British Uber driver win is promising, but gig workers still need basic rights | New from PhD Student Laura Lam

March 3, 2021 by Anonymous

PhD Student Laura Lam has co-authored an article in the Conversation, alongside Anna Triandafyllidou, Canada Research Excellence Chair in Migration and Integration, Ryerson University. 

"In a landmark decision, the Supreme Court of the United Kingdom recently ruled that Uber drivers are employees of the company and not simply using its technology as self-employed contractors.

"Nicholas Humblen, a Supreme Court justice, explained:

“Drivers are in a position of subordination and dependency to Uber, such that they have little to no ability to improve their economic position or professional or entrepreneurial skill.”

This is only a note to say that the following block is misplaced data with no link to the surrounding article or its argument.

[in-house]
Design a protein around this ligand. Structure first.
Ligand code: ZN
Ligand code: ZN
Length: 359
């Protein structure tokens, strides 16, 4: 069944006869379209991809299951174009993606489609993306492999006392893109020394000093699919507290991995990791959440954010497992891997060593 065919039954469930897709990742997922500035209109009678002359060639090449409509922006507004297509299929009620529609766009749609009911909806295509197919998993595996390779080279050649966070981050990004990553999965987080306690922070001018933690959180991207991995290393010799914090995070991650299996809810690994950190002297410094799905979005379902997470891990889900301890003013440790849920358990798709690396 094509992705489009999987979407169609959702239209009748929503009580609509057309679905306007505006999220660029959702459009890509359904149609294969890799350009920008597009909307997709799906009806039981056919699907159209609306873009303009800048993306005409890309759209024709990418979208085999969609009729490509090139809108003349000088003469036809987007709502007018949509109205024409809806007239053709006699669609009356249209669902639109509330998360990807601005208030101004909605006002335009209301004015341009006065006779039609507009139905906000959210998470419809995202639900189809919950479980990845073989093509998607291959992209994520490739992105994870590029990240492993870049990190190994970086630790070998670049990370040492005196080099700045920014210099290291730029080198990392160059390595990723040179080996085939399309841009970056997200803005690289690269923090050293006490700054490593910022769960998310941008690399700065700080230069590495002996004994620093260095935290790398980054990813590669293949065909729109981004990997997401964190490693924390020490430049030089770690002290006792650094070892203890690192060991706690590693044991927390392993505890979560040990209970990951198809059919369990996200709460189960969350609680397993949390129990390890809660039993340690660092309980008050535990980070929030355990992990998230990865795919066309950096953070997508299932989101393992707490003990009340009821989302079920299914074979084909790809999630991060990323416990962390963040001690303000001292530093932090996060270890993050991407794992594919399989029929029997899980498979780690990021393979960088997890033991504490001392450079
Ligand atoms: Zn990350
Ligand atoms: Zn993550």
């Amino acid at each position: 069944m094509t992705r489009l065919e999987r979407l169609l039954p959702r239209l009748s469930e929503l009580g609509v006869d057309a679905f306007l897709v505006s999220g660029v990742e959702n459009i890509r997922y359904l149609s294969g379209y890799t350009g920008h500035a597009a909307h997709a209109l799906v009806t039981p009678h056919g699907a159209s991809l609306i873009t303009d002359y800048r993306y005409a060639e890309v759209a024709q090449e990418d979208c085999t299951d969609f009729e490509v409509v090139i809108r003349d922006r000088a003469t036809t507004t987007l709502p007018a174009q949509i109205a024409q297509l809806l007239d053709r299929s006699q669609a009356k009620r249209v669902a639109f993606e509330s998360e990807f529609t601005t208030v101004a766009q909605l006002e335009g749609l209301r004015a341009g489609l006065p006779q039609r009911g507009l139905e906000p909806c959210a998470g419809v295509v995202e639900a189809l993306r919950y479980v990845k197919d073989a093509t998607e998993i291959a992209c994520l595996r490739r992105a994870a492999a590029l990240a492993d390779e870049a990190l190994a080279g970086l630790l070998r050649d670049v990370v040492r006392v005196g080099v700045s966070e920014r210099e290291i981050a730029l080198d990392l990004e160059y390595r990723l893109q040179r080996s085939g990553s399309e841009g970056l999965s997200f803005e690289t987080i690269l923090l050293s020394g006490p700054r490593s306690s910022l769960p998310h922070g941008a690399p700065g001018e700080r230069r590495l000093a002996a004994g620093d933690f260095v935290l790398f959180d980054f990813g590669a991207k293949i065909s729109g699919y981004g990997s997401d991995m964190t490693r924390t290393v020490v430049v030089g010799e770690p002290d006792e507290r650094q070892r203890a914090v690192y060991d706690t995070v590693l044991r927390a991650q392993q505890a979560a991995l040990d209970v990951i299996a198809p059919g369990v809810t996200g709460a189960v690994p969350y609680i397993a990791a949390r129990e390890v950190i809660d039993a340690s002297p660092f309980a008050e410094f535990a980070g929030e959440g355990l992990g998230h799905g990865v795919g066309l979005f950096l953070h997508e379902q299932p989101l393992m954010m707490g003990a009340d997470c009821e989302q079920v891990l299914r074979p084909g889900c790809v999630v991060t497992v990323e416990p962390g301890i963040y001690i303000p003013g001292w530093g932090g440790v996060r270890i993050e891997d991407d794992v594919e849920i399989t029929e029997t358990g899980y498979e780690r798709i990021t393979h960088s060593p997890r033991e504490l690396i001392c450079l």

"The ruling makes clear that platforms should be required to offer basic benefits for the people “collaborating” with them. This ruling can have an impact beyond those in the U.K.

"But where does the decision leave migrant gig workers?

"These implications were discussed in a study recently presented under the auspices of the CERC Migration program, focusing on newcomer migrants who work in the gig economy, notably on platforms like Uber, TaskRabbit or Amazon Flex, to name a few."

Read the full article at The Conversation

VIew the presentation and video of An unlikely stepping stone? Exploring how platform work shapes newcomer migrant integration by Anna Triandafyllidou and Laura Lam at Migration and the Future of Work